Form and space with a recurring theme of nature make up the unique art of the late Walter Anderson. Yet, who was Walter Anderson, and how did he develop this style?
Events and experiences in his life influenced a style centered on whimsical formations and vibrant colors. Anderson understood that nature and art are one. He was more than a painter as he was also a philosopher and poet oftentimes journaling about nature describing its beauty. He wrote about his realization of form and spaces through feeling and consciousness of color logging thoughts such as “Some walk on earth, some on water, still others need clouds to walk on.”
Born Walter Inglis Anderson in New Orleans in 1903, the gifted artist was the son of a grain broker, George Walter Anderson, and an artist, Annett McConnell Anderson. He lived most of his adult life painting and creating in Ocean Springs on property his parents had bought in the early 1900s. He also spent much time camping primitive style on Horn Island. On the island, Anderson immersed himself in all aspects of nature including trees, fowl, fish, frogs, alligators, water, wind and tumultuous weather conditions.
Anderson was educated at St. John’s School in Manilus, New York until World War 1 when he transferred to the Manual Training School in New Orleans. In 1922 he enrolled at the New York School of Fine and Applied Art which is now Parsons School of Design. A year later he won a scholarship to The Pennsylvania Academy of Fine Arts where he studied 1924-1928. He won an award allowing him to spend a summer in France where he became particularly impressed with cave paintings. These cave paintings greatly influenced his drawing style. His older brother Peter opened the Shearwater Pottery Factory in Ocean Springs in 1928 on land their parents had bought in 1918. After college he moved to Ocean Springs to work in the family business designing ceramic pieces. Such work produced pelican and crab bookends, lampstands and a few peculiar pieces like a horse and rider and a geometric cat.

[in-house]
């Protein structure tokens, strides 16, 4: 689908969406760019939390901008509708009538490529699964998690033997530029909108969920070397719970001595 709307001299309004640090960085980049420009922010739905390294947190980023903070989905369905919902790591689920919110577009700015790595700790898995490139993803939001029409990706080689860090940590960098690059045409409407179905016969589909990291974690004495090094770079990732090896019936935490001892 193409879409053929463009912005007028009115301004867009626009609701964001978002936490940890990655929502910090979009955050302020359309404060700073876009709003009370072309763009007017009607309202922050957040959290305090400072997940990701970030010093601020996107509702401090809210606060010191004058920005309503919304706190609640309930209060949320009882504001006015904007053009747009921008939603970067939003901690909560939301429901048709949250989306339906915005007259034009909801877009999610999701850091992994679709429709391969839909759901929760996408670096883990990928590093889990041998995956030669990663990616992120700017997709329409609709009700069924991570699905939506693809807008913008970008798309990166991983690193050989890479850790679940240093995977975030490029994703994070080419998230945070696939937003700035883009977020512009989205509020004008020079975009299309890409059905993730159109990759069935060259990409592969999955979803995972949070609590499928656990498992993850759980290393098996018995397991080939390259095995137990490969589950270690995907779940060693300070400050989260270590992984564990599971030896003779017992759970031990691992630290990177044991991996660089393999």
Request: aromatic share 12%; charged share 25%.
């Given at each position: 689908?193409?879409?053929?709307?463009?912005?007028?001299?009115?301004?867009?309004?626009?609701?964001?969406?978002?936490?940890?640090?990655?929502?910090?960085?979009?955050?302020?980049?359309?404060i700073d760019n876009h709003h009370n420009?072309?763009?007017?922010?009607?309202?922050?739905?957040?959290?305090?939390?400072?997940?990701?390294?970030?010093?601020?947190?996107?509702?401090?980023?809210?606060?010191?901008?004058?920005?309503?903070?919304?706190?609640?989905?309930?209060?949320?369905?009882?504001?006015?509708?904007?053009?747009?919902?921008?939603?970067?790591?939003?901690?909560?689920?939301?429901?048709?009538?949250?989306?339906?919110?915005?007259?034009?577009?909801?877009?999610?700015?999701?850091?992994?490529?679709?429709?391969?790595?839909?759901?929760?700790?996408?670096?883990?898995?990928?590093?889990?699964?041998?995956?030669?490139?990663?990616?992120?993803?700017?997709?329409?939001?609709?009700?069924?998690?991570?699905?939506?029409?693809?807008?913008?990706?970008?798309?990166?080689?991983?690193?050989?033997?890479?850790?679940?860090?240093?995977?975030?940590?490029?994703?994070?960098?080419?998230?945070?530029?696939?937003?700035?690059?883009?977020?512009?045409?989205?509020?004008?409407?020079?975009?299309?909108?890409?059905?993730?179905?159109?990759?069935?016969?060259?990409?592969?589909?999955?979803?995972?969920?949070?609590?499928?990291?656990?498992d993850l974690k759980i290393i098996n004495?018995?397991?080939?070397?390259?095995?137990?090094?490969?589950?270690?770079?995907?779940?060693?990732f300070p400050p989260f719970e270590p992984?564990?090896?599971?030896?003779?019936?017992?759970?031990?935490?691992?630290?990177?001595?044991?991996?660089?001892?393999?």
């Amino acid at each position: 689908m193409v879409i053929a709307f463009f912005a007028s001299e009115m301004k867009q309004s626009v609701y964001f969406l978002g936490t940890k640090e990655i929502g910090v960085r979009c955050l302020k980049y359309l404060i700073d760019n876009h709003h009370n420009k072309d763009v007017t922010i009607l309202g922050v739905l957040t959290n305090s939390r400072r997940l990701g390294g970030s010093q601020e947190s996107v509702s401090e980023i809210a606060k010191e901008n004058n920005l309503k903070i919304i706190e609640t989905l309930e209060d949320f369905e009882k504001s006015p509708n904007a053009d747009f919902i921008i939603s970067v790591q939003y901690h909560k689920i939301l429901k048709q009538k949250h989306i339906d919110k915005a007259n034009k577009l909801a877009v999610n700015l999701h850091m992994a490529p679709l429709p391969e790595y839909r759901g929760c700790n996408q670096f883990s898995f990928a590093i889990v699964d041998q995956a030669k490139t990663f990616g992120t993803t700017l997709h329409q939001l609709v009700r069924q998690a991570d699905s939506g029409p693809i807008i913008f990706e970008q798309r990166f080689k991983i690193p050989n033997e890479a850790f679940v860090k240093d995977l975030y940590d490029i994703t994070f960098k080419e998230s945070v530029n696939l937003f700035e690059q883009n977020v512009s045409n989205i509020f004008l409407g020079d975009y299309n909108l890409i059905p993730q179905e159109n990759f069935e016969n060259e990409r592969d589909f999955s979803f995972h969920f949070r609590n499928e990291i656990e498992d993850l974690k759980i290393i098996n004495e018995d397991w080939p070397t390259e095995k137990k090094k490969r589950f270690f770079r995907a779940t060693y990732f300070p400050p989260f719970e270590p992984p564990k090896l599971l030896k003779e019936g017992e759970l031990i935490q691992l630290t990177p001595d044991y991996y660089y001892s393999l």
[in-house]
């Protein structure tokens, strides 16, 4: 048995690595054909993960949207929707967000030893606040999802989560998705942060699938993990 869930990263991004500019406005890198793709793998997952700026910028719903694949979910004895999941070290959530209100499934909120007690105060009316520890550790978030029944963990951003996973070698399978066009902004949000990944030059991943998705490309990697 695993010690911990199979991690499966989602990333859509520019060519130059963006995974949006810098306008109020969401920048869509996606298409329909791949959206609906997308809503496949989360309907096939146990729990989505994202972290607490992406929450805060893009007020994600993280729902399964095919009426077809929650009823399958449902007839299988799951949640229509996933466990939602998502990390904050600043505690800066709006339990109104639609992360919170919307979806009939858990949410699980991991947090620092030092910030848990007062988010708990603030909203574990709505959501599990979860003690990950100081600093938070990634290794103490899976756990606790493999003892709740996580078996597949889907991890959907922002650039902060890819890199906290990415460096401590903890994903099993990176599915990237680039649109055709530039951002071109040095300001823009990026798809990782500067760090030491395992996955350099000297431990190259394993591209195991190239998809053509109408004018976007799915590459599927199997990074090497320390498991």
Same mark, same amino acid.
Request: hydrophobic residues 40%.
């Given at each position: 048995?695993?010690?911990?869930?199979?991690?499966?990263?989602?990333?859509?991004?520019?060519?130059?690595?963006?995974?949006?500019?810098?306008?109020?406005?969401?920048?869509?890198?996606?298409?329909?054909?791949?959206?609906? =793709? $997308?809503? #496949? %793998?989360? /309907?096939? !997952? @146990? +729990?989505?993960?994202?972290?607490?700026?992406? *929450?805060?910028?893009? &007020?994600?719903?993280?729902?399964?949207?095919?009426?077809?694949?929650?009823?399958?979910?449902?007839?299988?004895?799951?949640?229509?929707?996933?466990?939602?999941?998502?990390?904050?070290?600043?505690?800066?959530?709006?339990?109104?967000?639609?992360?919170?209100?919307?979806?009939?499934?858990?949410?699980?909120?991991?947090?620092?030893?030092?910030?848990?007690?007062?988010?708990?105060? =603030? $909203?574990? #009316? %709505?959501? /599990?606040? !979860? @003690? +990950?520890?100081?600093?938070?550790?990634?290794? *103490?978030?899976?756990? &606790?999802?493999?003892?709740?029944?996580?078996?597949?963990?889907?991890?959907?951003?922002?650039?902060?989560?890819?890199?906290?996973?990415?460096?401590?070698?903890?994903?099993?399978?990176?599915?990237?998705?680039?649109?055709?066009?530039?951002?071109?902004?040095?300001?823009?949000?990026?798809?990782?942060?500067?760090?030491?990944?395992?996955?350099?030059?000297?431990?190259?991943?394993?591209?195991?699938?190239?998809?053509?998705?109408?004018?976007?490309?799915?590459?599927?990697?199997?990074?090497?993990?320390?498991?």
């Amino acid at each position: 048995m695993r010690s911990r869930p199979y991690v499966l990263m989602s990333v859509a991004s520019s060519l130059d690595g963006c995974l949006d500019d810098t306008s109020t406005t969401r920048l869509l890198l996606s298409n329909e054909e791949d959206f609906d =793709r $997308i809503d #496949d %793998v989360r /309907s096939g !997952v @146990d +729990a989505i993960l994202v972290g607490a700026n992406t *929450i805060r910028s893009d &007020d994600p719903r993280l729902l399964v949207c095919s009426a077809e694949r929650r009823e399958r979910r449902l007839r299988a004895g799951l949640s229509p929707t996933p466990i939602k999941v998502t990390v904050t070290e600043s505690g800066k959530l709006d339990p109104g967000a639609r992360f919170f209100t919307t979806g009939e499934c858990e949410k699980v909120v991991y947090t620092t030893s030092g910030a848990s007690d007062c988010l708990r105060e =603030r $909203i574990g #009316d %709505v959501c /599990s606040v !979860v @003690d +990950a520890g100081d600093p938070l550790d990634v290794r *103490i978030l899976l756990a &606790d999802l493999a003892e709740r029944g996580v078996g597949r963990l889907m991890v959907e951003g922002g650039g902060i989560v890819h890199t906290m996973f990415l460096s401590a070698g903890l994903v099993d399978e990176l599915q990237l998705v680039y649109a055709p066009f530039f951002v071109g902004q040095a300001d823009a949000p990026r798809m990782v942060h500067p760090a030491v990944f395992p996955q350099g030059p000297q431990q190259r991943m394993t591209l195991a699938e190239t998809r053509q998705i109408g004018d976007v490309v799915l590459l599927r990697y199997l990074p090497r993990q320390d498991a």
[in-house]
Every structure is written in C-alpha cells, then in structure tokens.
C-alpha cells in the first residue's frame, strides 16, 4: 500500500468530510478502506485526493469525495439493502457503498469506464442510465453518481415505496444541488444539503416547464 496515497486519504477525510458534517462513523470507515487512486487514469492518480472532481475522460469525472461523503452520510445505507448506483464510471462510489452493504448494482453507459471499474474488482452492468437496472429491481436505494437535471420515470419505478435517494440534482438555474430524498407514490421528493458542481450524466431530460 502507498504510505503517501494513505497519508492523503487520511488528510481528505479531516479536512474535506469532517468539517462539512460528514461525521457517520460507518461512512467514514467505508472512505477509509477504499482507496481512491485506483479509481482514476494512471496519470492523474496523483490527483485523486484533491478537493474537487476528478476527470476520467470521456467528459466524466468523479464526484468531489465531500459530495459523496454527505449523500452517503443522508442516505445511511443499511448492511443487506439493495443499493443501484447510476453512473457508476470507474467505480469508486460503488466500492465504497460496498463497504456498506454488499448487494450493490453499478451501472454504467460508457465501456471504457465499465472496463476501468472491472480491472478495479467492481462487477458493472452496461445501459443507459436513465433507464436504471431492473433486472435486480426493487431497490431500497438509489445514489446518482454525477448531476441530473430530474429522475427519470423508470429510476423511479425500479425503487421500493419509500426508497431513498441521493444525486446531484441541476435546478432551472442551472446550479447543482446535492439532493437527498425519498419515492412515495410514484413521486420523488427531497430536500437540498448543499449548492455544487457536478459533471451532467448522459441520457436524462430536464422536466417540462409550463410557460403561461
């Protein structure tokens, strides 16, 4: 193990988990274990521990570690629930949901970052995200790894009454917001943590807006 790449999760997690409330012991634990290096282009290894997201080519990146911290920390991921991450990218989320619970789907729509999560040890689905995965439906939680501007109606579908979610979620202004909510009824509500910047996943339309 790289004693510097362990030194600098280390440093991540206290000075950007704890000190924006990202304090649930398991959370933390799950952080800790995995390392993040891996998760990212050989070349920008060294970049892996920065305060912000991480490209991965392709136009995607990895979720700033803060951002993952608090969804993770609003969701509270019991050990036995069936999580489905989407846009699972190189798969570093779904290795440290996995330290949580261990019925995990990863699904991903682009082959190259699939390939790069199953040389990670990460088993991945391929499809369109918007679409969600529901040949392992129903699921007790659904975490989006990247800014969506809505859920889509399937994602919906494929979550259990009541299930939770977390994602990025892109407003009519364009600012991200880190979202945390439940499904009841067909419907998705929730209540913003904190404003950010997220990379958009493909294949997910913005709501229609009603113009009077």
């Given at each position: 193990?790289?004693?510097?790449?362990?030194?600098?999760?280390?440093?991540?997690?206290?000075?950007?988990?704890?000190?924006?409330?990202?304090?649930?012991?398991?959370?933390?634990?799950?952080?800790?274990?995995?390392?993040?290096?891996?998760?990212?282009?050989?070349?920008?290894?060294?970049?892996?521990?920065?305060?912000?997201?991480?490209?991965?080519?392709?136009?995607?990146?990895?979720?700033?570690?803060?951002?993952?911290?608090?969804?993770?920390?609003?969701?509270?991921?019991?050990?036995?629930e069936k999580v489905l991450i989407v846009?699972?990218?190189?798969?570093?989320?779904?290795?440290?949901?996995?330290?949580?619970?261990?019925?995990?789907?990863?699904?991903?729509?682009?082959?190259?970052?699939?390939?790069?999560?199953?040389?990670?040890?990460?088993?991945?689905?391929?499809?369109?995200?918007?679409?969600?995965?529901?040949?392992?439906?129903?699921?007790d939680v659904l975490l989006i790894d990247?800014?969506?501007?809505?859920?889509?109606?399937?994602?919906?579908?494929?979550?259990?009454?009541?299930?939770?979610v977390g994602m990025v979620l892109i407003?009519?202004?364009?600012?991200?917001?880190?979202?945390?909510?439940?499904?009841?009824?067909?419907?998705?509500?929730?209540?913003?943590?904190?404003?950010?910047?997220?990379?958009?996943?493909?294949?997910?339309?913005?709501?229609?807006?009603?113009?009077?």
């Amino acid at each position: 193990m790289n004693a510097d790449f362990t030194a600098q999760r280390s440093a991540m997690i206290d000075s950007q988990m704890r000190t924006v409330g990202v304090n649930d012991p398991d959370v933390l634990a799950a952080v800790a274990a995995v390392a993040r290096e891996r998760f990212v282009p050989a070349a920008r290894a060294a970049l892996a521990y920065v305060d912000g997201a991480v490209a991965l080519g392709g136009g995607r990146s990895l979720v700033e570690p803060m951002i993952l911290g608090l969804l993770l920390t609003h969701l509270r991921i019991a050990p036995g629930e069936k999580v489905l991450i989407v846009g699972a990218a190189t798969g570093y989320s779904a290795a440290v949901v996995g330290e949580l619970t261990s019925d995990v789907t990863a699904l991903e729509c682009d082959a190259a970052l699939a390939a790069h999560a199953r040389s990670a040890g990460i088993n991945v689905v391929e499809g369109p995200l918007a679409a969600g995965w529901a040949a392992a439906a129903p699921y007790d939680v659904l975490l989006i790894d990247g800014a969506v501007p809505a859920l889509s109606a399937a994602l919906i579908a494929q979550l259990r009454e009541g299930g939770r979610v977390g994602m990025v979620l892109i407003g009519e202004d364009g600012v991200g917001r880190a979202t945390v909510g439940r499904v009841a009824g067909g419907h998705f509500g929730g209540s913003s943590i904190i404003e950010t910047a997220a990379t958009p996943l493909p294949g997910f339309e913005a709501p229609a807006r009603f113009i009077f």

Later, Anderson and his younger brother, Mac, opened the Shearwater Pottery Annex producing inexpensive figurines that provided a steadier income. This enabled him to marry Anges Grinstead, an art history graduate of Radcliffe College. However, the manufacturing of the figurines, which Anderson called “widgets,” prevented him from having time to paint caused him much tension.
In the early 1940s Anderson moved to Gautier to live on his wife’s father’s estate, “Oldfields.” He was very productive as he had more time to draw, paint and make block prints. However, in 1945 he left his family and moved back to a cottage at Shearwater. He stayed there 20 years living reclusively. He worked as a decorator at the family’s pottery operation, but made frequent excursions in a rowboat from Ocean Springs to Horn Island. He was often seen riding his bicycle around town and sometimes rode it elsewhere racking up thousands of miles on its wheels.
Traveling was part of what developed his impressive art style. Anderson spent time in New York, China, Hong Kong, Costa Rico as well as France where he became enamored with cave paintings which greatly influenced his drawing style. Although he had traveled extensively in far-away places, he spent most of his time traveling the Mississippi Gulf Coast where he waded and walked in its waters and slept on its sandy beaches and in it woods lands. He danced in nature, sang in nature and merged with nature.
One of Anderson’s greatest works is a series of murals in the Ocean Springs Community House. One wall expresses the 17th century landing of French explorer Pierre Le Moyne d’Iberville to Ocean Springs. The Community House is located downtown. Adjacent to it is the Walter Anderson Museum of Art built in 1991. On exhibit there are many of his art pieces plus murals he painted on wooden walls of a padlocked room in his cottage at Shearwater. He never allowed anyone to see the room, and the murals were only discovered after his death. They represent Psalm 104 which speaks of light and the fullness of God’s creation of animals, plants, waters and skies. Those walls were relocated to the museum.
During Anderson’s lifetime he was labeled a “Town Fool,” a “Horn Island Hermit,” and a bum. Friends and family members say he suffered from mental issues. He died of lung cancer in New Orleans in 1965 at age 62. After his death the family found 2,000 water color paintings and multitudes of blocks and other pieces he had created. However, ironically, Mother Nature, with whom he merged, destroyed many of those pieces when Hurricane Katrina struck the Coast in 2005.
To learn more about Walter Anderson, visit the museum at 510 Washington Ave., Ocean Springs, Mondays through Saturdays 11 a.m. until 5 p.m. or Sundays 1 p.m. until 5 p.m. Admission is $10 for adults and $5 for children and college students.
*Photo courtesy of Mississippi Encyclopedia.